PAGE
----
Before acquiring a loan, most people consider numerous lenders and compare their reviews, fees, and, most importantly, their interest rates. However, while selecting a creditor, you must not forget your relationships with him if you have obtained a loan before as well. But, if you find a loan officer for the first time, you must choose one cautiously whom you can trust and walk long-distantly. Not only trust, but you also want someone who offers the most appropriate interest rates and guides you through everything regarding mortgage.

Nevertheless, if you have the only mortgage creditor from the first day you purchased your home, and some circumstances occurred between the two, now you want to change your mortgage lender, what would you do?

Well, this isn’t the only case; many homeowners want to change their lenders for multiple reasons. If you also want to change your creditor but you’re unaware of how to do this, this article is a must-read for you which comprises everything you need to know.

Reasons you Need to Change your Lender

There are two possible reasons for considering changing your mortgage lender such as:

Customer Dissatisfaction

One of the foremost reasons you consider switching your mortgage lender is that you are dissatisfied with your creditor and look for some other reliable lender. Your dissatisfaction may include poor customer services such as illogical delays, lost documents, frequent changes in the mortgage contract, and unresponsiveness within the association.

Offering of a Better Deal

Another reason to change your lender is that you have found a better deal, and now you don’t want to miss that deal. Suppose the interest rates have been changed, and you want a lower interest rate offer than your creditor is actually offering, but the process has been approved. In this situation, you consider changing your lender and get to the lender with a better package. However, by evaluating all your costs, you can decide if you want to save money or waste it on paying the high interest rates.

Can I Switch my Mortgage Lender?

You are saved by the consumer protection rules that enable you to get rid of a loan before it is dealt out. Nonetheless, once your loan is issued, you would not be able to easily switch your creditor to a different one.

The potential home purchasers are allowed to change their lenders to any point of the process while buying their home before the process starts. Once the mortgage service and repayments process has been initiated, there is only one way left to change your mortgage provider, which is by refinancing the mortgage.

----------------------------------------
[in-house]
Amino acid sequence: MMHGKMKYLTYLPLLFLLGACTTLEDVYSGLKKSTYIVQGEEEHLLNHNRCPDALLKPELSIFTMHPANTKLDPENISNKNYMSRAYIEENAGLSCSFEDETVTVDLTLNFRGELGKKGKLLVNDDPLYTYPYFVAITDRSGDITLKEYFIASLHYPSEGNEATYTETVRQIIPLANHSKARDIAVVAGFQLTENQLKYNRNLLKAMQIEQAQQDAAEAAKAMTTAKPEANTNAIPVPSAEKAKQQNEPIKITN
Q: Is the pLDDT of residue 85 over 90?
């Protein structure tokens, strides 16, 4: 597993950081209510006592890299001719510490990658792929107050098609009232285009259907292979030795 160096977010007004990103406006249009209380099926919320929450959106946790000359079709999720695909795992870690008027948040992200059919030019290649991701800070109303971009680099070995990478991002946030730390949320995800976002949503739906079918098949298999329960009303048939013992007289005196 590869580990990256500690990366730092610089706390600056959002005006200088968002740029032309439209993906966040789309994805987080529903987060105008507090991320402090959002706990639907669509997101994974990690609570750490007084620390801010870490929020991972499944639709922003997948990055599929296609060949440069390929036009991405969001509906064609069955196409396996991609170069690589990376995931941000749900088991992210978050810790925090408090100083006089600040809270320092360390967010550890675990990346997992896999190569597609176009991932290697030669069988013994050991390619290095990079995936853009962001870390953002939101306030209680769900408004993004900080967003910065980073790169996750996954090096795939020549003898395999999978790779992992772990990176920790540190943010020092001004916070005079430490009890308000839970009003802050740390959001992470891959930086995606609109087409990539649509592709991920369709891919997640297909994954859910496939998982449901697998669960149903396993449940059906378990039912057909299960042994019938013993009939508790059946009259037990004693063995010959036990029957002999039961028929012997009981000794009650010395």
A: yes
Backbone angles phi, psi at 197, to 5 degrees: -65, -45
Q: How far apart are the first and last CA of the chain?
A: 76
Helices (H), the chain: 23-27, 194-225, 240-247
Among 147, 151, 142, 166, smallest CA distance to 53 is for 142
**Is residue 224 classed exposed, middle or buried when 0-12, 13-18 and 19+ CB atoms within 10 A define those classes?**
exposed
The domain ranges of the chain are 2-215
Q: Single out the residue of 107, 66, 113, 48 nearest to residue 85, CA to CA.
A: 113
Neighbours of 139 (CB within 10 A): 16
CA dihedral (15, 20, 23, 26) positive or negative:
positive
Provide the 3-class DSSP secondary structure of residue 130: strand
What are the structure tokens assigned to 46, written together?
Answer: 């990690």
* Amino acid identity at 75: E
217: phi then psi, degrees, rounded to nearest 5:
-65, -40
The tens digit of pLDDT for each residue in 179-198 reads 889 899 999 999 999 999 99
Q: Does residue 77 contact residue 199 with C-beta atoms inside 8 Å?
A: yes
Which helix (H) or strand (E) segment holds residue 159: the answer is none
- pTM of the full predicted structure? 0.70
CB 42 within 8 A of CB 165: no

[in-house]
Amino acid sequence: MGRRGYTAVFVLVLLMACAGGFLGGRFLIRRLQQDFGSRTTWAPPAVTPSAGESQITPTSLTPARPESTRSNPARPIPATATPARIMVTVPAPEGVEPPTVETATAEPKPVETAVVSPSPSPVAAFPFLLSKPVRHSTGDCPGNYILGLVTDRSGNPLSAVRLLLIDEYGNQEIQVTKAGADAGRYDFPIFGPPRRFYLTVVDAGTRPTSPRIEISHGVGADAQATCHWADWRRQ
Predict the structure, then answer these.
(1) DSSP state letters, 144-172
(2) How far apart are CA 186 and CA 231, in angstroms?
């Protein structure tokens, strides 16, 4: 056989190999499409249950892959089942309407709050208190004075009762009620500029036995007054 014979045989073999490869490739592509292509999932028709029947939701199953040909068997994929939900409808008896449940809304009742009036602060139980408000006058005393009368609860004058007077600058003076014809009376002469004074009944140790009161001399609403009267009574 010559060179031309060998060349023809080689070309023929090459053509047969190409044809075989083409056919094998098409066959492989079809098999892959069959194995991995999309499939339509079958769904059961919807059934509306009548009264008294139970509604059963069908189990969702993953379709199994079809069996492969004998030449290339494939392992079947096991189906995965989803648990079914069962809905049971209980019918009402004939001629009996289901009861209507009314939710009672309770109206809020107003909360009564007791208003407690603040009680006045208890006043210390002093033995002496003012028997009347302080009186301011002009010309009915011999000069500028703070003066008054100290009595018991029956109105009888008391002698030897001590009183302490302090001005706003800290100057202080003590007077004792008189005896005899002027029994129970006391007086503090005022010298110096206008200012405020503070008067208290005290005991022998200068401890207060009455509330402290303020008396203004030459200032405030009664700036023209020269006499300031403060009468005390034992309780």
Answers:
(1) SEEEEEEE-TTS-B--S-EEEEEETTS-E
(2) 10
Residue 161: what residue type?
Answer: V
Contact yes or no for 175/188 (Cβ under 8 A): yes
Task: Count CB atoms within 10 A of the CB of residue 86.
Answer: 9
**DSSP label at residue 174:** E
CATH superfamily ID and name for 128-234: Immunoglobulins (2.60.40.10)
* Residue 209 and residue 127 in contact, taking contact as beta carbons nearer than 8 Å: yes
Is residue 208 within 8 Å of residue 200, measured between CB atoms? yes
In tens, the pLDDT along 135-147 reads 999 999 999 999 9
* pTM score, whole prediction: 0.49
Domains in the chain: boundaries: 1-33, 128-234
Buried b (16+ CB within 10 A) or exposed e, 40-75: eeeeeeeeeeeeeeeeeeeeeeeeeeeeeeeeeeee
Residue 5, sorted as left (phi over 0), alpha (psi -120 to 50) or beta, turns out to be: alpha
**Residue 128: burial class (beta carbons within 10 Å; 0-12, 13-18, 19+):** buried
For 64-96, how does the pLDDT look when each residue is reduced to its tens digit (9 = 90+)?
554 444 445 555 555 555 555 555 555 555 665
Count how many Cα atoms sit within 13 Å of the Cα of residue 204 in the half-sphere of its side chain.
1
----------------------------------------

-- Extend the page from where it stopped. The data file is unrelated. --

How Lender Switching Works?

Lender changing can only happen if you get pre-approved by your creditor. This process is pretty faster than you may think, and it gets completed before the offer is made. However, if you already have a mortgage and have experienced this pre-approval process before, you need to repeat this process if you consider changing your lender.

When you are searching for a new creditor, you must be clear about the reason for the lender changing with your mortgage officer and the seller because they may become doubtful of your eligibility to acquire a loan. Moreover, you must provide a new pre-approval letter to your mortgage officer or agent who is involved in your lender-changing process.

Assume you are buying a new home and you are obtaining a new mortgage; the home sellers might be upset about your lender switching from traditional to FHA loan because this loan type is severer than the prior one. Eventually, you need to clear about your intentions as well and interact early and frequently.

Downfalls of Changing your Mortgage Lender

Before considering and deciding to change your mortgage lender, you must know that there are always some risks in this process that shouldn’t be ignored.

You May Need to Get a New Assessment If your first creditor has already conducted the evaluation, but he does not work with your new lender, then you may need to perform the assessment again with your new lender. In that case, you would need to pay for the entire evaluation process again. A recent evaluation is an extra cost to you, and it is considered very reliable before picking a new lender to work with.
Your Lender Would Take Hard Investigations If your new lender conducts complex investigations on you, it will negatively affect your credit score, and your credit score would become low. Lowering the credit score would result in the reduction of your credit bracket and raise your interest rates. Hence, if your new creditor takes investigations on you, you must take it seriously and try to meet his requirements.
Risk of Losing your Home Once your offer has been approved and you change your lender, you may encounter the only risk that you would face difficulty to close on time. If the seller wants to close the deal fast and you delay these closings, you would be at risk of losing your home.

Switching Lender after Closing

Some creditors may sell your loan instantly after closing is done. You might have been satisfied with your previous lender and his services, but hear that you won’t be able to walk with him anymore because he has sold his mortgage, you can refinance your debt. There is a chance to end up with the same lender with refinancing, but it is not guaranteed.

Bottom Line

If you want to change your mortgage creditor, you must be pre-approved. Although there are some disadvantages of switching your lender, in case you are stressed with your current lender, or you get a better deal, you can go for this process. However, be evident with your reasons for lender switching. Also, keep in mind, once your process has been approved, the only way to change your creditor is by refinancing your mortgage.